Singapore – Death tolls don’t lie. The most striking disparity in COVID-19 fatalities to date is between East Asian countries, where the total number of deaths per million inhabitants is consistently below 10, and much of the West, where the numbers are in the hundreds.
For example, Japan has so far reported 7.8 deaths per million, followed by South Korea (5.8), Singapore (4.6), China (3.2) and, most remarkably of all, Vietnam with zero deaths. By contrast, Belgium now has 846 confirmed deaths per million, and the United Kingdom has 669, followed by Spain (608), Italy (580) and the United States (429).
What accounts for this extraordinary difference? The answers are complicated, but three possible explanations stand out. First, none of the East Asian states believe that they have “arrived,” much less achieved the “end of history” at which they regard their societies as being the apotheosis of human possibility. Second, East Asian countries have long invested in strengthening government institutions instead of trying to weaken them, and this is now paying off. And, third, China’s spectacular rise is presenting its regional neighbors with opportunities as well as challenges.
It’s always dangerous to oversimplify. Yet, the evidence shows that whereas Europeans tend to believe in state-sponsored social security, East Asians still believe that life is composed of struggle and sacrifice. French President Emmanuel Macron is battling to overhaul his country’s pension system and decrease retirement benefits in order to achieve much-needed reductions in budget deficits. As a result, France was convulsed for months by “Yellow Vest” protests. But when South Korea faced a far more serious financial crisis in 1997-1998, old ladies donated jewelry to the central bank in an effort to help.
East Asians are aware that their societies have done well in recent decades. But constant adaptation and adjustment to a rapidly changing world is still the norm — even in Japan — and huge investments in public institutions have helped these countries to fulfill it.
Here, the contrast with the U.S. could not be starker. Ever since U.S. President Ronald Reagan famously declared in his 1981 inaugural address that, “government is not the solution to our problem, government is the problem,” the very phrase “good governance” has been an oxymoron in America.
We have again seen the consequences of this mindset in recent weeks, with the weakening even of globally respected institutions such as the U.S. Federal Aviation Administration, the U.S. Food and Drug Administration and the U.S. Centers for Disease Control and Prevention. Even today, with America beset by multiple crises, no prominent U.S. leader dares to say the obvious: “Government is the solution.”
East Asian societies, on the other hand, retain a strong and deeply held belief in good governance, reflecting the traditional Asian respect for institutions of authority. Vietnam’s spectacularly effective pandemic response, for example, can be attributed not only to one of the world’s most disciplined governments, but also to wise investments in health care. Between 2000 and 2016, per capita public health expenditures increased by an average of 9 percent per year. This enabled Vietnam to establish a national public health emergency operations center and surveillance system in the wake of the 2002-2003 SARS epidemic.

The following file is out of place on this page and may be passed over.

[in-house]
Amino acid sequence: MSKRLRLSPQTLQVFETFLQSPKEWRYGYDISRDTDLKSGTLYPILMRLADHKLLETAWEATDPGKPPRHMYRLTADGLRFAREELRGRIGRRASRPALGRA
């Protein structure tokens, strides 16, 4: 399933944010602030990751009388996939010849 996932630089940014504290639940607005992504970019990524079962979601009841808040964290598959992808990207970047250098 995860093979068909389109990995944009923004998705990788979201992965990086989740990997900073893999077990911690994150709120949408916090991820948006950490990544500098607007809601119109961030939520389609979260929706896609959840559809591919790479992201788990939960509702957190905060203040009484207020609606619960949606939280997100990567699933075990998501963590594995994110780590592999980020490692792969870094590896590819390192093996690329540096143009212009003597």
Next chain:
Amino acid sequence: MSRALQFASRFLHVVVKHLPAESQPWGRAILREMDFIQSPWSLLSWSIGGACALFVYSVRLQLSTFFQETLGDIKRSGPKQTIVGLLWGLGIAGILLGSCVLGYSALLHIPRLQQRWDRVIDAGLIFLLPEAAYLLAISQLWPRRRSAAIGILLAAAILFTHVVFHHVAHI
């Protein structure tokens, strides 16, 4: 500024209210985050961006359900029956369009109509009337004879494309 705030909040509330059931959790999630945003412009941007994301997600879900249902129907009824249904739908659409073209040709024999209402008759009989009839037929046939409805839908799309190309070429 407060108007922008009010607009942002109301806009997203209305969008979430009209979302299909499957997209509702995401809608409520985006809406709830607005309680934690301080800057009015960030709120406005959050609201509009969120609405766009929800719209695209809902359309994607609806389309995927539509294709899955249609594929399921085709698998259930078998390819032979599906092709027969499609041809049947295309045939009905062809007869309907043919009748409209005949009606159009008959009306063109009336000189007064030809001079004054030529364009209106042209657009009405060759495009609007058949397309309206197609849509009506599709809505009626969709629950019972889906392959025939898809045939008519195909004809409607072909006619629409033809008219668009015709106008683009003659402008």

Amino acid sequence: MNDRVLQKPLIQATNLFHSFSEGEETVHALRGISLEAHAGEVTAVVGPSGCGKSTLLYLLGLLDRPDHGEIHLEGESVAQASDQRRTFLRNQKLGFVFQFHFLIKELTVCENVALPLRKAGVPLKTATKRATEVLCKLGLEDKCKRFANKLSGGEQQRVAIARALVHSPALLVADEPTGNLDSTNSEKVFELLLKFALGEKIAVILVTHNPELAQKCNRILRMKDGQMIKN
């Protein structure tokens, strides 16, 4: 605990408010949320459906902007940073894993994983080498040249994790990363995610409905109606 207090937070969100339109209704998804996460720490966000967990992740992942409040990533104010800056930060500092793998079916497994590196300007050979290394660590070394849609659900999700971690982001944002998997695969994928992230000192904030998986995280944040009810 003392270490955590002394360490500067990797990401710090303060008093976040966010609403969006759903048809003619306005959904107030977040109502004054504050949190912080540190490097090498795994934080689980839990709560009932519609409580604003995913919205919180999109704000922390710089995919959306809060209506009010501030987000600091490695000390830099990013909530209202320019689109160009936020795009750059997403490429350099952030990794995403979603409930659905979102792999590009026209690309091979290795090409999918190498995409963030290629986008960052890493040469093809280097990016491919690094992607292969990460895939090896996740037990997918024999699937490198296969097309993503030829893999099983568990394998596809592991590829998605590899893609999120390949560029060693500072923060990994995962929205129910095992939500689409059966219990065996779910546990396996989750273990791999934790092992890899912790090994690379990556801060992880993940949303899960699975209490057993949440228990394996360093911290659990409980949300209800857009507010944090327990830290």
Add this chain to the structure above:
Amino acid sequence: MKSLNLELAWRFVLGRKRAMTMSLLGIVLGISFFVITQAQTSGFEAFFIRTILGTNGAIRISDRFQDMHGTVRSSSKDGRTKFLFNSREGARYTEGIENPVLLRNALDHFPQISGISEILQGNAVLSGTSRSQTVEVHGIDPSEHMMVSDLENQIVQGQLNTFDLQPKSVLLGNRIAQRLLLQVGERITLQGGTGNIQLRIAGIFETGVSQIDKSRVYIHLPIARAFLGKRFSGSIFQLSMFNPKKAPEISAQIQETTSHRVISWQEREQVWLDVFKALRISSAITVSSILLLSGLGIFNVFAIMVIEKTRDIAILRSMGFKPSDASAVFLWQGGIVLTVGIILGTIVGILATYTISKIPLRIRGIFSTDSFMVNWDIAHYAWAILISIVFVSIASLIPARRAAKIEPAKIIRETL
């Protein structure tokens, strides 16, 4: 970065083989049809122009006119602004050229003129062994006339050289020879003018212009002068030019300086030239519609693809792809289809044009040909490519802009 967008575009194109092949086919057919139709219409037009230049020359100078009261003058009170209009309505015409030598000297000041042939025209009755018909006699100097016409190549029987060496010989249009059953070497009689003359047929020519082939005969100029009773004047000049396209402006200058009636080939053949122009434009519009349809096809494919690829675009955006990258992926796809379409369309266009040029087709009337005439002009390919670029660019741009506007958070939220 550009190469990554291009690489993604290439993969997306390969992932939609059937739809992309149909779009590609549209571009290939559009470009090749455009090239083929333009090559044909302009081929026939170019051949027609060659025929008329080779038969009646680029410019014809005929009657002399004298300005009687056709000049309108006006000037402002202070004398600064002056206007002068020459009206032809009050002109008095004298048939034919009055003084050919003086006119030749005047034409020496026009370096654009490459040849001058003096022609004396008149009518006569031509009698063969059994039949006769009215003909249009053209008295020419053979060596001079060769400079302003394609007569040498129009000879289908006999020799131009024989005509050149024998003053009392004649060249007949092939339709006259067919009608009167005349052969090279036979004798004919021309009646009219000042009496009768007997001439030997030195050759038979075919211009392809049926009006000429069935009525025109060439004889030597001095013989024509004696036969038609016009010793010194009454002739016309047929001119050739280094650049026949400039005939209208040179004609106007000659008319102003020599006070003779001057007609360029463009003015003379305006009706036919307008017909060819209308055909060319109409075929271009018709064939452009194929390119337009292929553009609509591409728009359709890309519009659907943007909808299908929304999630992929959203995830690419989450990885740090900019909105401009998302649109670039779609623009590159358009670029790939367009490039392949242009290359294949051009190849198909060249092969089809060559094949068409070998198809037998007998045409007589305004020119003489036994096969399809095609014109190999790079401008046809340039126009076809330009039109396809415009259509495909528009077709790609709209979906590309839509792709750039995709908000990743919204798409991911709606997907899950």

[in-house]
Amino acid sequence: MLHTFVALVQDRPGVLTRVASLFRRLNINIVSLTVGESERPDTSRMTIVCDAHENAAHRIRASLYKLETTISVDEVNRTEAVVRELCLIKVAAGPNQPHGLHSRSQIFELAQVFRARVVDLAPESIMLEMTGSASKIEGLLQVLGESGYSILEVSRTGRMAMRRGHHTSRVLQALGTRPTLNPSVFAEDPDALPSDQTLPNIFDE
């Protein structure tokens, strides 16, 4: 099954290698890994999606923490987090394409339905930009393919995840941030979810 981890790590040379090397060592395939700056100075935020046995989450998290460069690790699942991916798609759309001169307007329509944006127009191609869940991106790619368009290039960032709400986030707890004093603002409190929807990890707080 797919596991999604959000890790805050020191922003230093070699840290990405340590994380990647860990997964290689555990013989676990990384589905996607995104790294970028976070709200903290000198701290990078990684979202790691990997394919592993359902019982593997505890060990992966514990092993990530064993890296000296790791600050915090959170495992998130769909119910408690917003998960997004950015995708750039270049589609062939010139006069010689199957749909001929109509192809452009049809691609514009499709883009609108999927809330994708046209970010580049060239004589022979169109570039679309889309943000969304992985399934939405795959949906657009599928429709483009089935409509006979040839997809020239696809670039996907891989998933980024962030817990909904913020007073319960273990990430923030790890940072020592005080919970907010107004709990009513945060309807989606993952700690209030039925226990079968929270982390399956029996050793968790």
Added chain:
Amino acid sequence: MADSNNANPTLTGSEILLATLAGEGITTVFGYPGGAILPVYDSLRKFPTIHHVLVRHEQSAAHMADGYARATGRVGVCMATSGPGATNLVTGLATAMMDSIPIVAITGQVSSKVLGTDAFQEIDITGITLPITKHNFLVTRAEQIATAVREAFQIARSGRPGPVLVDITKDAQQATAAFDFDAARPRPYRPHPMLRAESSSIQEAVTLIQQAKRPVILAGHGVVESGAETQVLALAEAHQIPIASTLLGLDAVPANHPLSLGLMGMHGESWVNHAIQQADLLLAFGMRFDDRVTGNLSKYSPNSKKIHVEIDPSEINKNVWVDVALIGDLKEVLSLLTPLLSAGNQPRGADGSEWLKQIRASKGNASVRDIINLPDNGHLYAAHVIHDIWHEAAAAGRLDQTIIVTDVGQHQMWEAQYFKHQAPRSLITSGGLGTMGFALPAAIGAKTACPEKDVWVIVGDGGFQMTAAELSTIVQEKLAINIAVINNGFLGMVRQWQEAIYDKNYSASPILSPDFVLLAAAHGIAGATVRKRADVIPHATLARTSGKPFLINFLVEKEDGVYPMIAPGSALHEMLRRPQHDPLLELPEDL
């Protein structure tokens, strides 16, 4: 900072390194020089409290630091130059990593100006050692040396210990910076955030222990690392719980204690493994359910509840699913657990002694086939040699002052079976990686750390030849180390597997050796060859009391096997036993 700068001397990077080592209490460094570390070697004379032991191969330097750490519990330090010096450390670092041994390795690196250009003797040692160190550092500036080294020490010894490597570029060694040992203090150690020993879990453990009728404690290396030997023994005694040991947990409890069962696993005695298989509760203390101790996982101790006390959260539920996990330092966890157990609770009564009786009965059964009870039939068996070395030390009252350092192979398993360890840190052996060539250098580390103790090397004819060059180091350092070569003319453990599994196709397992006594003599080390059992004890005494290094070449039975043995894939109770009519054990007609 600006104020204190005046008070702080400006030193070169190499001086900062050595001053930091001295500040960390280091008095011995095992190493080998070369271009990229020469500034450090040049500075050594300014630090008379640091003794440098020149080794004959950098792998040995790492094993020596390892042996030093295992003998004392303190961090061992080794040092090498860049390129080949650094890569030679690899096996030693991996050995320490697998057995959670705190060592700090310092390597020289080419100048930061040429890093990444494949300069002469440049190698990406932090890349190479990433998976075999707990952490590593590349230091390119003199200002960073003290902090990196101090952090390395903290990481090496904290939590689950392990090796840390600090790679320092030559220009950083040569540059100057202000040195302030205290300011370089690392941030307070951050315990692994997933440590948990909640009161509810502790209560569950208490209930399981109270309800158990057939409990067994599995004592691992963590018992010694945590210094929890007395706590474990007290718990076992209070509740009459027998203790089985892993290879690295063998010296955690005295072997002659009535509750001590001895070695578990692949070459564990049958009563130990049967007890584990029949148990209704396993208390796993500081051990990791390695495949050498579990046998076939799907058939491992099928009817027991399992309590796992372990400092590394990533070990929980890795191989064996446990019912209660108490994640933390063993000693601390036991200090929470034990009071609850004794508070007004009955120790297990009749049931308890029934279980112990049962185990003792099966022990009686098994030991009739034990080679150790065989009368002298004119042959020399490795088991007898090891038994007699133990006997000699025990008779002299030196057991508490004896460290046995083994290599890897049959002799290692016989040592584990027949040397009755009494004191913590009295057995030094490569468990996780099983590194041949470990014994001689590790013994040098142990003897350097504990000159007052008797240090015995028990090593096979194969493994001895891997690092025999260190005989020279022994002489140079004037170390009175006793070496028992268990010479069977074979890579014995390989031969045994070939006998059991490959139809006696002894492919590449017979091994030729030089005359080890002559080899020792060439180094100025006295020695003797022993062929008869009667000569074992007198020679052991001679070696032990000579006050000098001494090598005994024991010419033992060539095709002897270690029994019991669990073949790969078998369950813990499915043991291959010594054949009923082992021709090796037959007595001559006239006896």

Vietnam’s track record is all the more astonishing given the country’s low starting point. When the Cold War ended three decades ago, and Vietnam finally stopped fighting wars after almost 45 years of near-continual conflict, it had one of the world’s poorest populations. But by emulating China’s economic model and opening up to foreign trade and investment, Vietnam subsequently became one of the world’s fastest-growing economies.
As then-World Bank President Jim Yong Kim pointed out in 2016, Vietnam’s average annual growth rate of nearly 7 percent over the previous 25 years had enabled the country “to leapfrog to middle-income status in a single generation.” And during the same period, Kim noted, Vietnam had managed the “especially remarkable achievement” of reducing extreme poverty from 50 percent to just 3 percent.
The country’s success did not happen in isolation. After the Soviet Union collapsed, Vietnam integrated itself into many of East Asia’s existing regional bodies, including the Association of Southeast Asian Nations and the Asia-Pacific Economic Cooperation forum. There, it learned quickly from its neighbors, including China. More recently, Vietnam joined the Comprehensive and Progressive Agreement for Trans-Pacific Partnership, the 11-country trade pact spearheaded by Japan.
China’s spectacular resurgence has naturally heightened Vietnamese insecurity, given that the two neighbors have fought as recently as 1979. But rather than paralyzing Vietnamese policymakers, that insecurity has fostered a sense of strategic discipline and vigilance, which has contributed to the country’s extraordinary performance during the pandemic. China’s rise has had a similar galvanizing effect on some of its other neighbors, including Japan and South Korea.
Singaporean Prime Minister Lee Hsien Loong has often cited the former Intel CEO Andy Grove’s mantra that “only the paranoid survive.” Paranoia is usually a negative emotion, but it can also trigger a powerful impulse to fight and survive. A deep determination to battle against great odds may explain why East Asia has so far responded far better to the pandemic than most of the West. And if the region’s economies also recover faster, they may well offer a glimmer of hope to a world currently drowning in pessimism.
Kishore Mahbubani, a distinguished fellow at the Asia Research Institute of the National University of Singapore, is the author of “Has China Won?” 2020, Project Syndicate
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